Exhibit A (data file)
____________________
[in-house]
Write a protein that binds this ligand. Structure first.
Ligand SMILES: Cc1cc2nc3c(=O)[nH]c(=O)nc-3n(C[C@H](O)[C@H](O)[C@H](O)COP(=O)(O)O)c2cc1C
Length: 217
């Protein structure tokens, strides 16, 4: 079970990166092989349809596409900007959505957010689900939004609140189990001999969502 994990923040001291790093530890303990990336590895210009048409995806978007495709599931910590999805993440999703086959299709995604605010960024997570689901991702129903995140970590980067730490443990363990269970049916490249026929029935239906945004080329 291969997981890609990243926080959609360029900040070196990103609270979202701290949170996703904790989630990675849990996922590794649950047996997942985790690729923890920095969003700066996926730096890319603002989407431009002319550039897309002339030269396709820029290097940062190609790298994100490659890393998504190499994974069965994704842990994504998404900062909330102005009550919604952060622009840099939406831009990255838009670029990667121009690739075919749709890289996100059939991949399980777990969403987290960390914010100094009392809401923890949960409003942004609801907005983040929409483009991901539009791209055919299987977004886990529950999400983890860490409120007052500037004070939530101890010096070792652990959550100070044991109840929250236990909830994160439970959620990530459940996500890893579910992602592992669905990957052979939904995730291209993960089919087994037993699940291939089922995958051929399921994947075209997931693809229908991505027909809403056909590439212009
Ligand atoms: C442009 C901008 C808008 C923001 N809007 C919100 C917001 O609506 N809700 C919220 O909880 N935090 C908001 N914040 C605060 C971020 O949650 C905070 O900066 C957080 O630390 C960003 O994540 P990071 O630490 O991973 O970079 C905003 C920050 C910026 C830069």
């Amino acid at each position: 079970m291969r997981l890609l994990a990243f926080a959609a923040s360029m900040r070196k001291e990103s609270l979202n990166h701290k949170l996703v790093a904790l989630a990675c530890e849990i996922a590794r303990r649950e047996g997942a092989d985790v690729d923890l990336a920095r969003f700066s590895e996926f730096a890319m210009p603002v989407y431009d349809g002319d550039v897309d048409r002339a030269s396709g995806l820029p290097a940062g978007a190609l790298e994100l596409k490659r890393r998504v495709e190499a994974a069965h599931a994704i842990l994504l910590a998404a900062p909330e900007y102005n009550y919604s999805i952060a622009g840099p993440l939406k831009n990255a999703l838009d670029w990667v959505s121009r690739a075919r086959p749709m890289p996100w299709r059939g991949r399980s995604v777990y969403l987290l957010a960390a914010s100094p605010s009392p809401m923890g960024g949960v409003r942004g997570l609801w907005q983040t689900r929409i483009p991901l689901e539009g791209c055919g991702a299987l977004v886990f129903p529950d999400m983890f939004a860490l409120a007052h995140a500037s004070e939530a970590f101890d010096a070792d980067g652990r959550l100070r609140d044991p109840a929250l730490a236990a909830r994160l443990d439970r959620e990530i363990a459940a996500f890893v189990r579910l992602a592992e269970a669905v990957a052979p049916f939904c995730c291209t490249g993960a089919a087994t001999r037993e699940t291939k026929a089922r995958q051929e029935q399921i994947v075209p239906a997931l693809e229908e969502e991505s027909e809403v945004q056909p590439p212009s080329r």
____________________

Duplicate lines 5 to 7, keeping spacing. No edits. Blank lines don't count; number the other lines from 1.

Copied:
């Protein structure tokens, strides 16, 4: 079970990166092989349809596409900007959505957010689900939004609140189990001999969502 994990923040001291790093530890303990990336590895210009048409995806978007495709599931910590999805993440999703086959299709995604605010960024997570689901991702129903995140970590980067730490443990363990269970049916490249026929029935239906945004080329 291969997981890609990243926080959609360029900040070196990103609270979202701290949170996703904790989630990675849990996922590794649950047996997942985790690729923890920095969003700066996926730096890319603002989407431009002319550039897309002339030269396709820029290097940062190609790298994100490659890393998504190499994974069965994704842990994504998404900062909330102005009550919604952060622009840099939406831009990255838009670029990667121009690739075919749709890289996100059939991949399980777990969403987290960390914010100094009392809401923890949960409003942004609801907005983040929409483009991901539009791209055919299987977004886990529950999400983890860490409120007052500037004070939530101890010096070792652990959550100070044991109840929250236990909830994160439970959620990530459940996500890893579910992602592992669905990957052979939904995730291209993960089919087994037993699940291939089922995958051929399921994947075209997931693809229908991505027909809403056909590439212009
Ligand atoms: C442009 C901008 C808008 C923001 N809007 C919100 C917001 O609506 N809700 C919220 O909880 N935090 C908001 N914040 C605060 C971020 O949650 C905070 O900066 C957080 O630390 C960003 O994540 P990071 O630490 O991973 O970079 C905003 C920050 C910026 C830069």
């Amino acid at each position: 079970m291969r997981l890609l994990a990243f926080a959609a923040s360029m900040r070196k001291e990103s609270l979202n990166h701290k949170l996703v790093a904790l989630a990675c530890e849990i996922a590794r303990r649950e047996g997942a092989d985790v690729d923890l990336a920095r969003f700066s590895e996926f730096a890319m210009p603002v989407y431009d349809g002319d550039v897309d048409r002339a030269s396709g995806l820029p290097a940062g978007a190609l790298e994100l596409k490659r890393r998504v495709e190499a994974a069965h599931a994704i842990l994504l910590a998404a900062p909330e900007y102005n009550y919604s999805i952060a622009g840099p993440l939406k831009n990255a999703l838009d670029w990667v959505s121009r690739a075919r086959p749709m890289p996100w299709r059939g991949r399980s995604v777990y969403l987290l957010a960390a914010s100094p605010s009392p809401m923890g960024g949960v409003r942004g997570l609801w907005q983040t689900r929409i483009p991901l689901e539009g791209c055919g991702a299987l977004v886990f129903p529950d999400m983890f939004a860490l409120a007052h995140a500037s004070e939530a970590f101890d010096a070792d980067g652990r959550l100070r609140d044991p109840a929250l730490a236990a909830r994160l443990d439970r959620e990530i363990a459940a996500f890893v189990r579910l992602a592992e269970a669905v990957a052979p049916f939904c995730c291209t490249g993960a089919a087994t001999r037993e699940t291939k026929a089922r995958q051929e029935q399921i994947v075209p239906a997931l693809e229908e969502e991505s027909e809403v945004q056909p590439p212009s080329r």